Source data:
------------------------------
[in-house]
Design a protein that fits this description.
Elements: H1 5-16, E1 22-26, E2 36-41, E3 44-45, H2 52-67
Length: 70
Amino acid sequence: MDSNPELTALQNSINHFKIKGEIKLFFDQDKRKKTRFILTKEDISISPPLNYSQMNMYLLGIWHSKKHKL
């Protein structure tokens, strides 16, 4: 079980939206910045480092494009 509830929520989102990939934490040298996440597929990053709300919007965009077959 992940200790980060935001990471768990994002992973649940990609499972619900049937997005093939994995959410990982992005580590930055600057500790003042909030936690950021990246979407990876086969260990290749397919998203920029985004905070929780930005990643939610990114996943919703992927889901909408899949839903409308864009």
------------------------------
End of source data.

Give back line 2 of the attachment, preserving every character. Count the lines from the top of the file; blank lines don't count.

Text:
Design a protein that fits this description.